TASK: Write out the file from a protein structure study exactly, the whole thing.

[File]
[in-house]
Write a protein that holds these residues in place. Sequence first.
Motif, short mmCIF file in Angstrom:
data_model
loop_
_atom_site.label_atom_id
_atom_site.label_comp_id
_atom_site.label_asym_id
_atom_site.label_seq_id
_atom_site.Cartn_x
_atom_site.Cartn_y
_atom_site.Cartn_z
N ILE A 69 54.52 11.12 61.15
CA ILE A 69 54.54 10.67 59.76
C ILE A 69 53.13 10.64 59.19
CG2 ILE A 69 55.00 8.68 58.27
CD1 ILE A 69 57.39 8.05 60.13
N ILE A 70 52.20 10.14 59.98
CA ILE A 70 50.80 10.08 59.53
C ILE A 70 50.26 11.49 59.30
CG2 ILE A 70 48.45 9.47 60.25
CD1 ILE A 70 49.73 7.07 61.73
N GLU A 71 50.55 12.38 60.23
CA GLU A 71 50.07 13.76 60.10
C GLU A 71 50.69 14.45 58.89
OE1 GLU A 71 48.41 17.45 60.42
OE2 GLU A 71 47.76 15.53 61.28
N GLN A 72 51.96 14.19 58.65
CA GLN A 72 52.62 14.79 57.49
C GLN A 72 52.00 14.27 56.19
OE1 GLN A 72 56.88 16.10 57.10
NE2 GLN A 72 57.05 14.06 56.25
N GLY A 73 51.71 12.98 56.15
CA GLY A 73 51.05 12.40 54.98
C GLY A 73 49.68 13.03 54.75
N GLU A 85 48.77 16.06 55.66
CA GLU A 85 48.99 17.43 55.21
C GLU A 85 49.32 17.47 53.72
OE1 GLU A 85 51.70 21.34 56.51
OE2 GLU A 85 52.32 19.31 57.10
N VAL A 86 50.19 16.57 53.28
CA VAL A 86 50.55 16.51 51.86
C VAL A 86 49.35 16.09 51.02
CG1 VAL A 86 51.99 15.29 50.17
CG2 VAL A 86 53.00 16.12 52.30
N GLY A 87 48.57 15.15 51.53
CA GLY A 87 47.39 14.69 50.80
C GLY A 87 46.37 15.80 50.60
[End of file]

[in-house]
Write a protein that holds these residues in place. Sequence first.
Motif, short mmCIF file in Angstrom:
data_model
loop_
_atom_site.label_atom_id
_atom_site.label_comp_id
_atom_site.label_asym_id
_atom_site.label_seq_id
_atom_site.Cartn_x
_atom_site.Cartn_y
_atom_site.Cartn_z
N ILE A 69 54.52 11.12 61.15
CA ILE A 69 54.54 10.67 59.76
C ILE A 69 53.13 10.64 59.19
CG2 ILE A 69 55.00 8.68 58.27
CD1 ILE A 69 57.39 8.05 60.13
N ILE A 70 52.20 10.14 59.98
CA ILE A 70 50.80 10.08 59.53
C ILE A 70 50.26 11.49 59.30
CG2 ILE A 70 48.45 9.47 60.25
CD1 ILE A 70 49.73 7.07 61.73
N GLU A 71 50.55 12.38 60.23
CA GLU A 71 50.07 13.76 60.10
C GLU A 71 50.69 14.45 58.89
OE1 GLU A 71 48.41 17.45 60.42
OE2 GLU A 71 47.76 15.53 61.28
N GLN A 72 51.96 14.19 58.65
CA GLN A 72 52.62 14.79 57.49
C GLN A 72 52.00 14.27 56.19
OE1 GLN A 72 56.88 16.10 57.10
NE2 GLN A 72 57.05 14.06 56.25
N GLY A 73 51.71 12.98 56.15
CA GLY A 73 51.05 12.40 54.98
C GLY A 73 49.68 13.03 54.75
N GLU A 85 48.77 16.06 55.66
CA GLU A 85 48.99 17.43 55.21
C GLU A 85 49.32 17.47 53.72
OE1 GLU A 85 51.70 21.34 56.51
OE2 GLU A 85 52.32 19.31 57.10
N VAL A 86 50.19 16.57 53.28
CA VAL A 86 50.55 16.51 51.86
C VAL A 86 49.35 16.09 51.02
CG1 VAL A 86 51.99 15.29 50.17
CG2 VAL A 86 53.00 16.12 52.30
N GLY A 87 48.57 15.15 51.53
CA GLY A 87 47.39 14.69 50.80
C GLY A 87 46.37 15.80 50.60